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what a day. cool. all right, i got to hit the road, folks. johnny devenanzio: with the edible delight all packaged up, it goes back out into the very communities that produced it, making local cafes and restaurants taste that much sweeter. i would like espresso and a little bit of honey drizzled in there. would you say that keeping bees, is this a passion, a hobby? i would say a passion and a profession. when i started delivering honey on bike dressed like a bee, i noticed a lot of people just were really curious and wanted to know what was going on with bees. we started to educate people by just showing them that honey bees aren't a dangerous creature. they're really important to us. one of the reasons i really love bees is that they work as a social organism, as a unit. and so one little individual bee is not super strong, but her and all of her sisters, 50,000 to 70,000 of them together, can do incredible things, and so if we model that as human beings,
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that adds up to something very large and can actually impact. shakespeare. he was a big reader.
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[music playing] if you're going to learn about the legalities of a certain city, nothing makes more sense than to sit down with the local magistrate. and in minneapolis, that means meeting with the mayor jacob frey. booze also helps. drinking is deep rooted in minneapolis, is it not? very much so.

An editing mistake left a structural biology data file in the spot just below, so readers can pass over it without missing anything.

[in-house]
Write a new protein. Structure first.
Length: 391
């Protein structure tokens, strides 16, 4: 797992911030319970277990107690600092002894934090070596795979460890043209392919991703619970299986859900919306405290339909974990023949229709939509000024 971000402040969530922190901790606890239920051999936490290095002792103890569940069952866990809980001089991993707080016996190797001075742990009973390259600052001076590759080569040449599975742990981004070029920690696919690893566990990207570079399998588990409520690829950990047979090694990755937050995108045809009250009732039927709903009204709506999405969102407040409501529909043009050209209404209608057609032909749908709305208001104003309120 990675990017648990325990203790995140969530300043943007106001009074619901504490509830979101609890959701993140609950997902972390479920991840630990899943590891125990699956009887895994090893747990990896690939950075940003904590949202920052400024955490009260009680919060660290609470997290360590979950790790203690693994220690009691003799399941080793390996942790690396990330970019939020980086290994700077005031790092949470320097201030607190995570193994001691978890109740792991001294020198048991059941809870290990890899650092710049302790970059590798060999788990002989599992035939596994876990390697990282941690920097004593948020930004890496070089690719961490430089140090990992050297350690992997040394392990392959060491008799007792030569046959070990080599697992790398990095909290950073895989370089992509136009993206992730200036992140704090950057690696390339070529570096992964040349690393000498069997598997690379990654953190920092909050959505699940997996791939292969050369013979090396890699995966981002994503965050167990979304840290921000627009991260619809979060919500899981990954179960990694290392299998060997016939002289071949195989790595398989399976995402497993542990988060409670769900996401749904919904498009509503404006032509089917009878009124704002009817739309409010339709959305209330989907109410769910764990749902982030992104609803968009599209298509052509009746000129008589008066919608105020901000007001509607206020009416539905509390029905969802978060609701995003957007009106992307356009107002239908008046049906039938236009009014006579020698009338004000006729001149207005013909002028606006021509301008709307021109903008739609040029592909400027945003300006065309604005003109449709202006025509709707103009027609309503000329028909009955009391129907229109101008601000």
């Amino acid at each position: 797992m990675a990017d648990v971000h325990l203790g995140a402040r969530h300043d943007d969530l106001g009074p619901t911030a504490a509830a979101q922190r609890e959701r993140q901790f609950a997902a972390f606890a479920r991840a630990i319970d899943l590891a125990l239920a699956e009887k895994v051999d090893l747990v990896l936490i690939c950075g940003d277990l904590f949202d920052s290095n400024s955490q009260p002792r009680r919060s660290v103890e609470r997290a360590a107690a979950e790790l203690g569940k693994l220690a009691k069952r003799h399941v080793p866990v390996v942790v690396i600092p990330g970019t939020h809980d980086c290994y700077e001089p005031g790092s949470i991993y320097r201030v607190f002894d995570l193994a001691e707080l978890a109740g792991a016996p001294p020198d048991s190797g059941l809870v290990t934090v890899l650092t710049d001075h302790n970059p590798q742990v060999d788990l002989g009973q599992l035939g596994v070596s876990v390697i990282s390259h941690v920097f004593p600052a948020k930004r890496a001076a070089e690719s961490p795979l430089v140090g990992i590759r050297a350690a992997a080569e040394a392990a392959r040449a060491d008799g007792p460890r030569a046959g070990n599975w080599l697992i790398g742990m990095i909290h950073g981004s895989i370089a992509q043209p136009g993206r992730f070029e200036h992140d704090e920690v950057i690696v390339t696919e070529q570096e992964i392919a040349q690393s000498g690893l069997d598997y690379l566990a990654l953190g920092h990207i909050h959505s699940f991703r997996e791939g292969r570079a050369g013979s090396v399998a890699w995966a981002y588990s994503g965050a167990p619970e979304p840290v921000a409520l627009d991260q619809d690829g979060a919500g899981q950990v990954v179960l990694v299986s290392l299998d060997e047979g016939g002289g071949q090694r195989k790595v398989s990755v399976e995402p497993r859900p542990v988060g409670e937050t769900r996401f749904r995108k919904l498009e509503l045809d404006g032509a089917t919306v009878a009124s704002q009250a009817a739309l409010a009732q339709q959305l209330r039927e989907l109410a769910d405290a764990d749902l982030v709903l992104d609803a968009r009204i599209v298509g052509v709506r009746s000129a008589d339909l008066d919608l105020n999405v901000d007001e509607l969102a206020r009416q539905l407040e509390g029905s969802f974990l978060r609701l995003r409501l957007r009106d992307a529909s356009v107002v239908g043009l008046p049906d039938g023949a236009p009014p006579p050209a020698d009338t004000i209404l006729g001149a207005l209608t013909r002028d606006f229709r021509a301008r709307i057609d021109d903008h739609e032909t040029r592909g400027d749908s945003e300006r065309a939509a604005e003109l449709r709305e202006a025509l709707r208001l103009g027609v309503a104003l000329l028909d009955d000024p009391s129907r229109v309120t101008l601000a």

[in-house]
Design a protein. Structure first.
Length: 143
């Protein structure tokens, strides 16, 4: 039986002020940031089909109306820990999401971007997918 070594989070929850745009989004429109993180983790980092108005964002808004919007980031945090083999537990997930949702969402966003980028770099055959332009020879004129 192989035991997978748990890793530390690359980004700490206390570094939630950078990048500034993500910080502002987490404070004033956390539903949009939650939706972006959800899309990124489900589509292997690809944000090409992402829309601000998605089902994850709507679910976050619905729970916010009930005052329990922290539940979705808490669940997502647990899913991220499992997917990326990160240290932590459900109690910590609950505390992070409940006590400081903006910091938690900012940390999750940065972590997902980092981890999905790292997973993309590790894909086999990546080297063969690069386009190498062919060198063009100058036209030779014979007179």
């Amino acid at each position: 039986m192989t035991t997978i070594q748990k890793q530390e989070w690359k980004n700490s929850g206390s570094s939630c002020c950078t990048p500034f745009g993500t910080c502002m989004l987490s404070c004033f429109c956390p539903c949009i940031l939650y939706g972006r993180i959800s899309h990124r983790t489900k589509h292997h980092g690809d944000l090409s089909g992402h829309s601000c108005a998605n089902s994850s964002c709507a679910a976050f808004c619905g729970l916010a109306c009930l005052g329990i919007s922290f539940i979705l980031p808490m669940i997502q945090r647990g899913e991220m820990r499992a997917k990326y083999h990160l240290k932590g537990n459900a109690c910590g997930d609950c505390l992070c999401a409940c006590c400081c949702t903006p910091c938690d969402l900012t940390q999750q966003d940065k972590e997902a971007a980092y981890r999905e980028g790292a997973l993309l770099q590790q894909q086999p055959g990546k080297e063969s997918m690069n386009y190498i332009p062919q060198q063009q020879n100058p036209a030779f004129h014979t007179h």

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although it's in the center of the country, we have been consistently either a first or second stop of new americans. when you think of, like, multicultural or a melting pot, you don't necessarily think of minneapolis. you don't necessarily think of the twin cities. yeah, you don't. but it's here. you originally had a very large polish and irish and german influence. and then what happened is you had all of the norwegians suddenly came and moved to minnesota. you had a whole lot of drinking from the germans and the poles and the irish, and then not a lot of drinking from the norwegians. johnny devenanzio: and so then in 1920 came the legislation. what's the volstead act? the volstead act, which actually comes from a congressman here in minnesota, andrew volstead, was sort of the prelude to prohibition.lcoh, and it actually made it even more profitable. oh, for sure. johnny devenanzio: and in minneapolis's twin city of st. paul, you'll come across the wabasha street caves, hand-dug caverns where profits and alcohol were fully flowing during the dry era and even after. prohibition went away in 1933, and the owners decided, hey,